Cut the cauliflower into florets and slice so that pieces can lie flat on a cookie sheet. Place them in a bowl, drizzle with olive oil, some parmesan, black pepper and minced parsley. Spread them out on a greased cookie sheet (or one lined with Silpat) and roast in a 450 degree oven for about 20 minutes, flipping once.

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Tuesday, February 16, 2016

Tanyard Farm Buttermilk Cake

Sometimes you try a new recipe and it's such a disaster, it goes right into the trash. But sometimes you try a new recipe and it's destined to become one that you return to over and over again. This is one of those. 

Maybe it's because it's from the website of King Arthur Flour, whose high quality products are always reliable. 

Maybe it's because this cake is so flavorful, moist and the crumb is so unbelievably tender. 

Maybe it's because the crunchy and sticky pecan coating is so irresistible.

Or maybe it's because this recipe makes enough to feed a crowd! 

 For all those reasons, you've got to try this recipe. I'll bet you'll find it becomes one of your go-to cake recipes too.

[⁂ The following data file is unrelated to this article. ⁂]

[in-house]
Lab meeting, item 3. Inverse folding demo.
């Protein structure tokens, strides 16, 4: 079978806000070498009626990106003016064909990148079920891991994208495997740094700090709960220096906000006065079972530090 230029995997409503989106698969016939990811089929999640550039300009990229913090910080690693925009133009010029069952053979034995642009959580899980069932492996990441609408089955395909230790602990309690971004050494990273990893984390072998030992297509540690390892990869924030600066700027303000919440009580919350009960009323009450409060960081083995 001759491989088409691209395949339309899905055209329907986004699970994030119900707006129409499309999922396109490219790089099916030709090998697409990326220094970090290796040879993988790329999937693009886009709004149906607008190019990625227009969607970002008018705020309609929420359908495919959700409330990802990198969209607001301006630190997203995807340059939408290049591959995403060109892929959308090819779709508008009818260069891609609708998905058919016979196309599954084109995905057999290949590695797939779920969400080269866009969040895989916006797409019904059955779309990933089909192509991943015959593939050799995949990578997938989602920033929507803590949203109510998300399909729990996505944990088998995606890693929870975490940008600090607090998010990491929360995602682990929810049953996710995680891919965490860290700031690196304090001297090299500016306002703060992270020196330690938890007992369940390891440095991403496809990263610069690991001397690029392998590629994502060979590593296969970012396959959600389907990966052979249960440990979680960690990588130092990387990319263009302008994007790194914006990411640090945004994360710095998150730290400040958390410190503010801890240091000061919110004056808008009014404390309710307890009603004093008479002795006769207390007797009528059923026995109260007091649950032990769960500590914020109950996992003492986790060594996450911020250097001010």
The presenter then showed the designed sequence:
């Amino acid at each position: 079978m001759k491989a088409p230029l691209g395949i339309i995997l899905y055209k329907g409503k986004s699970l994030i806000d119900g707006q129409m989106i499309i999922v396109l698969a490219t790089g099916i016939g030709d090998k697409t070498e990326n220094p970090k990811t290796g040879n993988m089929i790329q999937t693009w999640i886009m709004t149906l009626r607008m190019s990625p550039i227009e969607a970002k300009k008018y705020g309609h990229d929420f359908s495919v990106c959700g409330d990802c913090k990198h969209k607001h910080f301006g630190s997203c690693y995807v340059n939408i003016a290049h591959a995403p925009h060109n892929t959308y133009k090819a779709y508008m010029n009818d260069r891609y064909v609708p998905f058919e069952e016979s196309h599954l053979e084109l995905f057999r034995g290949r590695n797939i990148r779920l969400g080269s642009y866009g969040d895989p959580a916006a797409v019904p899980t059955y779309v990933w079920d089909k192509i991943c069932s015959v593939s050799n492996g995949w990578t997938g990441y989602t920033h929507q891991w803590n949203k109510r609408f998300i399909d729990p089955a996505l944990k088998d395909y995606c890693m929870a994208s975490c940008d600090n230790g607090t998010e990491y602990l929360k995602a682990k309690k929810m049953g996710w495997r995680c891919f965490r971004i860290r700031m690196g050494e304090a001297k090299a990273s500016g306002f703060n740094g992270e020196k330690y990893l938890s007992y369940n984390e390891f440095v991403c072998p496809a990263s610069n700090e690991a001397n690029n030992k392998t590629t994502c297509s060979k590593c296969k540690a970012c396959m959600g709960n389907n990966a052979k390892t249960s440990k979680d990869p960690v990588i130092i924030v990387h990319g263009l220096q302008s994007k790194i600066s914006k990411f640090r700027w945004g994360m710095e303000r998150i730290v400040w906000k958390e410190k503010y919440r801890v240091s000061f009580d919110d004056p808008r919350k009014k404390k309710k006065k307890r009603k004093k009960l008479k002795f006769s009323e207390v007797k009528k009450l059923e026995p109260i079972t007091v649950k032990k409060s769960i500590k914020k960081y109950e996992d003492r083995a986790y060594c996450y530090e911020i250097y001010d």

Tanyard Farm Buttermilk Cake



  • 6 tablespoons melted butter

  • 1 cup light brown sugar 

  • 1/4 cup milk

  • 1/8 teaspoon salt

  • 2/3 to 1 cup diced pecans


  1. Preheat the oven to 350°F. Lightly grease a 9" x 13" cake pan. (I used two 8" square pans instead)

  2. Beat the butter and brown sugar together till smooth. 

  3. Add the eggs, beating till smooth.

  4. Stir in the buttermilk and vanilla extract.

  5. Add the baking soda, salt, and flour to the wet ingredients, beating till thoroughly combined.

  6. Pour the batter into the prepared pan.

  7. Bake the cake for 35 minutes. (Mine needed closer to 45 minutes) Towards the end of the baking time, prepare the topping.

  8. Stir the butter and the sugar together. Add the milk, pecans, and salt. The glaze will be thick but pourable. 

  9. Top the baked cake with the topping, and return to the oven for another 10 minutes. 

  10. Remove the cake from the oven. The topping will look very runny. You can eat the cake hot, with the glaze still gooey; or let the cake sit at room temperature for a few hours, by which time the glaze will have set. 

  11. Yield: 24 servings.

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Wednesday, February 10, 2016

Baked Pears in Marsala Wine

Somehow or other, when I decide to cut back on desserts, fruit gets a free pass. OK, forget that scoop of ice cream nestled beside the pear on the plate above, and the sugar and butter in the recipe, below.

 It's still fruit as the main event, not cake or pastry. And fruit is your friend, right?

Pears poached in red wine has been one of my standard winter desserts for years, but after receiving a copy of Rachel Roddy's new book, "My Kitchen In Rome," I knew that I had to try her recipe for baked pears in Marsala wine and cinnamon.